They closely resemble remarks known to have been made by the Utilitarian philosopher John Stuart Mill, in an address at the University of St. Andrew (1 February 1867) : Bad men need nothing more to compass their ends, than that good men should look on and do nothing.
The very extensively used remarks attributed to Burke might be based on a paraphrase of some of his ideas, but he is not known to have ever declared them in so succinct a manner in any of his writings. It has been suggested that they may have been adapted from these lines of Burke's in his Thoughts on the Cause of the Present Discontents (1770): "When bad men combine, the good must associate; else they will fall one by one, an unpitied sacrifice in a contemptible struggle."
This purported quote also bears resemblance to a quote widely attributed to Plato, that said "The penalty good men pay for indifference to public affairs is to be ruled by evil men."
It also bears resemblance to what Albert Einstein wrote as part of his tribute to Pablo Casals: "The world is in greater peril from those who tolerate or encourage evil than from those who actually commit it." W
We mustn't let the bad guys win.

We cannot look on...

...and do nothing.

Can we?

18 comments:

  1. As long as the general public has their "bread and circuses" then they WILL be indifferent to public affairs thus allowing the potential
    for evil persons to rule. I think too many of today's politicians know and understand this.

    "I fear that things may get worse before they get better. I hope that I am wrong". I tend to agree with you on this but I also hope that I am wrong!!

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    1. Bread and circuses. Definitely a problem these days.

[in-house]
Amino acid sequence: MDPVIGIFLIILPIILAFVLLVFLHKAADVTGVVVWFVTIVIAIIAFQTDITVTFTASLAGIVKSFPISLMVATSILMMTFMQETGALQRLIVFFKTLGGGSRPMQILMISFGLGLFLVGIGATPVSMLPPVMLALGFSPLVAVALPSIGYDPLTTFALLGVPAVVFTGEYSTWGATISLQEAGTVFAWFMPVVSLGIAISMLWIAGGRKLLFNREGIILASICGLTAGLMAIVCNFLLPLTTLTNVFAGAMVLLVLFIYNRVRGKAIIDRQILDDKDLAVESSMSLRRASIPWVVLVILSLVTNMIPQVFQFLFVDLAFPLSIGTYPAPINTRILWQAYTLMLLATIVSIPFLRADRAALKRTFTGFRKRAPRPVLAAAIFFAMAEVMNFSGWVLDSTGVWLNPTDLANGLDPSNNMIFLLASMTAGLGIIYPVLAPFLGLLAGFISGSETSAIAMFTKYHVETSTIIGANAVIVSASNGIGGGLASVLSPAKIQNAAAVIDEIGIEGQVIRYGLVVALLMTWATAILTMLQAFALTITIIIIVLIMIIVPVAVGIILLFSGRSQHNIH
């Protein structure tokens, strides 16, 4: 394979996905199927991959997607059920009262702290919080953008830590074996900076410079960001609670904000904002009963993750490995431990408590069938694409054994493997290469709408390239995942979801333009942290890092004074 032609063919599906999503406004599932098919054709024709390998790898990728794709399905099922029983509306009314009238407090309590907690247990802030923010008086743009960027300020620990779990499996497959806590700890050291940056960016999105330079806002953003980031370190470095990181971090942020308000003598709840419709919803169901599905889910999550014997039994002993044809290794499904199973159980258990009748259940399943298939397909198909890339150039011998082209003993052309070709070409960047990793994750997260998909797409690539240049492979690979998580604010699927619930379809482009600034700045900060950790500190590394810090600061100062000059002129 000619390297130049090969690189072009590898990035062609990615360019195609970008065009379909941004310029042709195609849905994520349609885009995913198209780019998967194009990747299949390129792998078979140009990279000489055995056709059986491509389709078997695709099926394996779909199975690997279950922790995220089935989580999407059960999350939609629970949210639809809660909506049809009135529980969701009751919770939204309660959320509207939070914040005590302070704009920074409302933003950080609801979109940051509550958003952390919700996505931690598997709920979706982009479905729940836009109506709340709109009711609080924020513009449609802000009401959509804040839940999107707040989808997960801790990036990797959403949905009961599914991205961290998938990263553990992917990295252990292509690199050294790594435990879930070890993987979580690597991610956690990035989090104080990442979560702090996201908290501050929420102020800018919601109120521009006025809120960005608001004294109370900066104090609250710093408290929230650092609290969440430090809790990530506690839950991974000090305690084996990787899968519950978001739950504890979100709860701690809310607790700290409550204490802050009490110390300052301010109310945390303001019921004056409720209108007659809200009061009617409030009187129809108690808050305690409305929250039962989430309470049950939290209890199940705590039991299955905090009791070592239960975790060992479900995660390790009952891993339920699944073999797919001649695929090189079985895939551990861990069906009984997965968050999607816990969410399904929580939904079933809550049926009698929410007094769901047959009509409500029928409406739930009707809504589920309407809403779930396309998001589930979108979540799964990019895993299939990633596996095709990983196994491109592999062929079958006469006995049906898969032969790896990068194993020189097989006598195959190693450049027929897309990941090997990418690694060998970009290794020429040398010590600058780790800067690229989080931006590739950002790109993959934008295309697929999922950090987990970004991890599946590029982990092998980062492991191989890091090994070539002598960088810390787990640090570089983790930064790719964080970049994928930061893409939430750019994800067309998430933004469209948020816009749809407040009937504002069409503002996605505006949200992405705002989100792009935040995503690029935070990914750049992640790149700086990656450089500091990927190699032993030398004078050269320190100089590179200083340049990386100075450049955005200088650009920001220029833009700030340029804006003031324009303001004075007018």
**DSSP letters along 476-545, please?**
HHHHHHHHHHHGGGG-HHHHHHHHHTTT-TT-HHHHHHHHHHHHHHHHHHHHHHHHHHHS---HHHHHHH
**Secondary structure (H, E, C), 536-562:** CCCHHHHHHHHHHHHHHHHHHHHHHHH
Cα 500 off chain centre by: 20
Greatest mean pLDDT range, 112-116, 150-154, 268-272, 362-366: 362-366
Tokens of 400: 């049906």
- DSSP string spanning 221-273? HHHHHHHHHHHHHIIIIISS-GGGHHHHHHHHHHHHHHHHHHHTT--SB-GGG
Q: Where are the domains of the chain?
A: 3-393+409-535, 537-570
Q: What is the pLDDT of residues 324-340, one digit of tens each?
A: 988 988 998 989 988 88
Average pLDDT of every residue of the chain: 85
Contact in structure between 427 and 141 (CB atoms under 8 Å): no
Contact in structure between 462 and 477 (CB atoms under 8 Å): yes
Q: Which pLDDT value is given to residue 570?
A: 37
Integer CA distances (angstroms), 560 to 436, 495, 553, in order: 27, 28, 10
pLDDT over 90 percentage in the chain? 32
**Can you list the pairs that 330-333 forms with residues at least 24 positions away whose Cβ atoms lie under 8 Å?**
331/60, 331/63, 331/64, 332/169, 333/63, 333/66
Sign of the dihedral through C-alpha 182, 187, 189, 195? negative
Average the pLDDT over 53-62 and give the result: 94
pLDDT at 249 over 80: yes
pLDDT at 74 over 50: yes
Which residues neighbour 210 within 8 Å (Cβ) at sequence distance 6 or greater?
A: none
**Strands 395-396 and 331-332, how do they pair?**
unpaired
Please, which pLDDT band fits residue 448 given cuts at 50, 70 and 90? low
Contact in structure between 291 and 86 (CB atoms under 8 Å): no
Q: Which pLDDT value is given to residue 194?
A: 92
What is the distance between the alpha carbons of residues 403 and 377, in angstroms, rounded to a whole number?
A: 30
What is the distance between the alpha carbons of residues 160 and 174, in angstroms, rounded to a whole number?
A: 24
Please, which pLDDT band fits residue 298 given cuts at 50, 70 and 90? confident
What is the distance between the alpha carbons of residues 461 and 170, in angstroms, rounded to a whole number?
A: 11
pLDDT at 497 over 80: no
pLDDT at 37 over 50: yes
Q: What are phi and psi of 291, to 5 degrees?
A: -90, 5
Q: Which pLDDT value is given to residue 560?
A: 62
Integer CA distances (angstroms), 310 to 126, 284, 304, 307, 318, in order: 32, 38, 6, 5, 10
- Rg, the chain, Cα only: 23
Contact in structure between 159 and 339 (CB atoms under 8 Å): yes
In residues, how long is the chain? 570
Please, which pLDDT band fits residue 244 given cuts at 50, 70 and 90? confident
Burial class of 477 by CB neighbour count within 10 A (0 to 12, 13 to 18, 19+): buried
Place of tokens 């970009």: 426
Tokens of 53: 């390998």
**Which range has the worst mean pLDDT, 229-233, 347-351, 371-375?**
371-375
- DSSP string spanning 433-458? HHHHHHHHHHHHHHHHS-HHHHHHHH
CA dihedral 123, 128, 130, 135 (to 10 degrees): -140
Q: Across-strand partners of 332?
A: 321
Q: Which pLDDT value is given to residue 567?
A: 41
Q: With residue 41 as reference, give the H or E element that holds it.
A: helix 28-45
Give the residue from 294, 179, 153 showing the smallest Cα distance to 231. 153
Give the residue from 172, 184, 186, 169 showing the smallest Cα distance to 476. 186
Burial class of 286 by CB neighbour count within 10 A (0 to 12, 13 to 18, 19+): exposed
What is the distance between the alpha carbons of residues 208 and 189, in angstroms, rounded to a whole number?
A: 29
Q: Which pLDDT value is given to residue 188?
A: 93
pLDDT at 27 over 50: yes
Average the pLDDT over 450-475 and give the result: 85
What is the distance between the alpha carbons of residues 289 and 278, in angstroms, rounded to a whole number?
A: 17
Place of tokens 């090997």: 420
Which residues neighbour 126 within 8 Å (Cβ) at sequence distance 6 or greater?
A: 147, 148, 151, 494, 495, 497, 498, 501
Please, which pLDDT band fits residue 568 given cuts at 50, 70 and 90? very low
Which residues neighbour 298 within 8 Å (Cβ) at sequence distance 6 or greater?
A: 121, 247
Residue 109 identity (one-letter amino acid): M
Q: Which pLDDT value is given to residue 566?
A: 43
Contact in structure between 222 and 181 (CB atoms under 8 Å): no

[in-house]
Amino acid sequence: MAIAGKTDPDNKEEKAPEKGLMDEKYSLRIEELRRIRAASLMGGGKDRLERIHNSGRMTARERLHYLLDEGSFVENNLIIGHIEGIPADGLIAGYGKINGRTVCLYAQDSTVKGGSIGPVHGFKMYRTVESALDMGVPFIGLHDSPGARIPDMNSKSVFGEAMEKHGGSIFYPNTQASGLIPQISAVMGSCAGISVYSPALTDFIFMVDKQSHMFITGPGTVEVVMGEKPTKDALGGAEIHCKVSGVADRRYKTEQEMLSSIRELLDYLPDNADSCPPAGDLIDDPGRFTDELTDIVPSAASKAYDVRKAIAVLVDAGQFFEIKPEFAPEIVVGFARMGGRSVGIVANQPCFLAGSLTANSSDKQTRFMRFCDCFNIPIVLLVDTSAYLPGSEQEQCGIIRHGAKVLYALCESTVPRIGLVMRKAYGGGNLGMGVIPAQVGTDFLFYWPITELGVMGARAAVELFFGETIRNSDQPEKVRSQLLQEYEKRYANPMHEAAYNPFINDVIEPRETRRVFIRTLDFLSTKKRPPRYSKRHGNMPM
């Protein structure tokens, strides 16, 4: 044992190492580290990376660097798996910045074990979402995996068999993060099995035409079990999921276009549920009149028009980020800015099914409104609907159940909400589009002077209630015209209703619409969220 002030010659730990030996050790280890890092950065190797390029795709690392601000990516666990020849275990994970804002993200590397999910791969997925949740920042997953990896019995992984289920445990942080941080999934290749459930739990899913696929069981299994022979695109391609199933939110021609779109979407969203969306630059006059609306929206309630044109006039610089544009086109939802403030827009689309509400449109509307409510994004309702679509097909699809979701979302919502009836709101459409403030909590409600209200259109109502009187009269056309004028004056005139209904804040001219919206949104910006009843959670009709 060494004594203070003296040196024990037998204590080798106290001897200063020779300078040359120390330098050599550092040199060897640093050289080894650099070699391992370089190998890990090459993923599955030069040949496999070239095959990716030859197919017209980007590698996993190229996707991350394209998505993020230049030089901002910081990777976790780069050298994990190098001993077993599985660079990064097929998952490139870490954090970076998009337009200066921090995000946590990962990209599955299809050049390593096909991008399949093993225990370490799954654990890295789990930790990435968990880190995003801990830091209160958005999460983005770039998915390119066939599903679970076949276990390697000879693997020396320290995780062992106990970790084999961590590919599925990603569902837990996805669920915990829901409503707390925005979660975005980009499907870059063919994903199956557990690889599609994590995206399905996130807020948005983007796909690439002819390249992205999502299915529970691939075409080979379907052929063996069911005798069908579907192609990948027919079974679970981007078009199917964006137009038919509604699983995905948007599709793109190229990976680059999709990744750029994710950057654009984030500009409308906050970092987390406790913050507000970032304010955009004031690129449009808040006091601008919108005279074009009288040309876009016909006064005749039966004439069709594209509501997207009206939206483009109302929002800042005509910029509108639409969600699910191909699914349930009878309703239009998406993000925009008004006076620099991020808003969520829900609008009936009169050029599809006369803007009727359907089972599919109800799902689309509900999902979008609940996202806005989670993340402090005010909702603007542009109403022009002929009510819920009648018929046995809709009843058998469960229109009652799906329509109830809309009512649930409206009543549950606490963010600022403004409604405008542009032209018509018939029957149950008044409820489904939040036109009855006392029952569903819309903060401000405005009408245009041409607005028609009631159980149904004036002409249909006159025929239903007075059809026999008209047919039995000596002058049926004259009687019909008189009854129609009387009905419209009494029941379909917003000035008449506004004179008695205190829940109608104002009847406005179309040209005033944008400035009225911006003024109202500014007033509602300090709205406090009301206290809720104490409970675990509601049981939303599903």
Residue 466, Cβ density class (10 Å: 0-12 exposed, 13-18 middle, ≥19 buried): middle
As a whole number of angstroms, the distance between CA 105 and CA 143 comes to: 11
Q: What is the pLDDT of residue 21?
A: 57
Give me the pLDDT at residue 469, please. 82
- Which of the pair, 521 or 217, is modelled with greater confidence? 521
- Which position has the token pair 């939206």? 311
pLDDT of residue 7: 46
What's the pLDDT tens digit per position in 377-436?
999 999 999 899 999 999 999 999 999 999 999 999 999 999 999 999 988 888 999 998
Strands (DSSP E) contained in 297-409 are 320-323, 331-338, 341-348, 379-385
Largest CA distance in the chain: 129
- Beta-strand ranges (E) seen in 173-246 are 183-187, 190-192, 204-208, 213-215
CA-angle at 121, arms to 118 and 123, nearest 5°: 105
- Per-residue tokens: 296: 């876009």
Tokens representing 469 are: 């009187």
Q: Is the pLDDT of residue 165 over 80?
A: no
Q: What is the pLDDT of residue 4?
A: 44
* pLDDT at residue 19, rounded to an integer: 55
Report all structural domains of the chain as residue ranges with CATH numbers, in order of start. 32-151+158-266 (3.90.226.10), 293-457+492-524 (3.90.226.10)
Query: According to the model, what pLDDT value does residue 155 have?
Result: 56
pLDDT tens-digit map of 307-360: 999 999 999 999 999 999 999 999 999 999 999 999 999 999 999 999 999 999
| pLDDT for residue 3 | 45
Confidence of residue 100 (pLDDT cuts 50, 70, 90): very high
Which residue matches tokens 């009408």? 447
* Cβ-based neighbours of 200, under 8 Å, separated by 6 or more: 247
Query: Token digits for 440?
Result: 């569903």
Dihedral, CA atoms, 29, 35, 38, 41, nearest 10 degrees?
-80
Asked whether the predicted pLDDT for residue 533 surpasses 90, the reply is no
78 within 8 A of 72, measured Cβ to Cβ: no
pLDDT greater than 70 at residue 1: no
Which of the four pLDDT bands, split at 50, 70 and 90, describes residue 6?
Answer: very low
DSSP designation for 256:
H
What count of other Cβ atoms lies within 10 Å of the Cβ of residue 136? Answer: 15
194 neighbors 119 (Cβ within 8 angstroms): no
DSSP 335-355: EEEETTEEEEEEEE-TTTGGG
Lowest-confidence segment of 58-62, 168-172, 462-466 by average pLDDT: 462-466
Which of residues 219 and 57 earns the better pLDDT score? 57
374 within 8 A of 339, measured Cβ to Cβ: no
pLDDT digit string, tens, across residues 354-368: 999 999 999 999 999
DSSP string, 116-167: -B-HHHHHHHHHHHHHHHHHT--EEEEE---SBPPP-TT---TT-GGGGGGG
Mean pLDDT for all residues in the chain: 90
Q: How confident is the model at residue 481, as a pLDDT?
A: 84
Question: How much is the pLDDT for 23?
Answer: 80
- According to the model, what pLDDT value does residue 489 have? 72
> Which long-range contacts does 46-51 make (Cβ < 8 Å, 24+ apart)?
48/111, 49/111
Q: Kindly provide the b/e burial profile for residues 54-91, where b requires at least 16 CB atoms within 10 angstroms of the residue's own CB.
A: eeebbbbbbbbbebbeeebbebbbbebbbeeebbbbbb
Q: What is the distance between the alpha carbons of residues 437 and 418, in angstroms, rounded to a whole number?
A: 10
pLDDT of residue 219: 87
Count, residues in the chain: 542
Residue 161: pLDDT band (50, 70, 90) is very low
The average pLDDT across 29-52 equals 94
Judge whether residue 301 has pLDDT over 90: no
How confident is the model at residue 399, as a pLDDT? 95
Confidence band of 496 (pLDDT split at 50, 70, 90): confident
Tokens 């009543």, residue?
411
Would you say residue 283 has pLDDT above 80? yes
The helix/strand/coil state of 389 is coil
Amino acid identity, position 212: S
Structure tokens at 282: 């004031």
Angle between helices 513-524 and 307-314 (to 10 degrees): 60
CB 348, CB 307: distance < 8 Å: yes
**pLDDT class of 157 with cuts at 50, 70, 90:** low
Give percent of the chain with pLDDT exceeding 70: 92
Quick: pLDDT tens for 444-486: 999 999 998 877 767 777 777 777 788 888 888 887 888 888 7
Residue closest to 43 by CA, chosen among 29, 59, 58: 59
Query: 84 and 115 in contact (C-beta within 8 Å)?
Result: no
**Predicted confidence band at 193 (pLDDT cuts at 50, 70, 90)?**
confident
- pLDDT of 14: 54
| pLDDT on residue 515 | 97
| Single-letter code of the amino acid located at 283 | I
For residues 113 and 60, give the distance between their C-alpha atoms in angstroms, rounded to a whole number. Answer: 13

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    2. Slaves today are bought with EBT cards and Obama phones.

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    3. And that, my friend, is a superb analogy.

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    4. I think the Admiral says it well!

      "I do not imply that bread and circuses are evil things in themselves. Man needs material sustenance and he needs recreation. These needs are so basic that they come within the purview of every religion. In every religion there is a harvest festival of thanksgiving for good crops. And as for recreation, we need only recall that our word 'holiday' was originally 'holy day,' a day of religious observance. In fact, the circuses and games of old Rome were religious in origin. The evil was not in bread and circuses, per se, but in the willingness of the people to sell their rights as free men for full bellies and the excitement of the games which would serve to distract them from the other human hungers which bread and circuses can never appease. The moral decay of the people was not caused by the doles and the games. These merely provided a measure of their degradation. Things that were originally good had become perverted and, as Shakespeare reminds us, 'Lilies that fester smell far worse than weeds.'"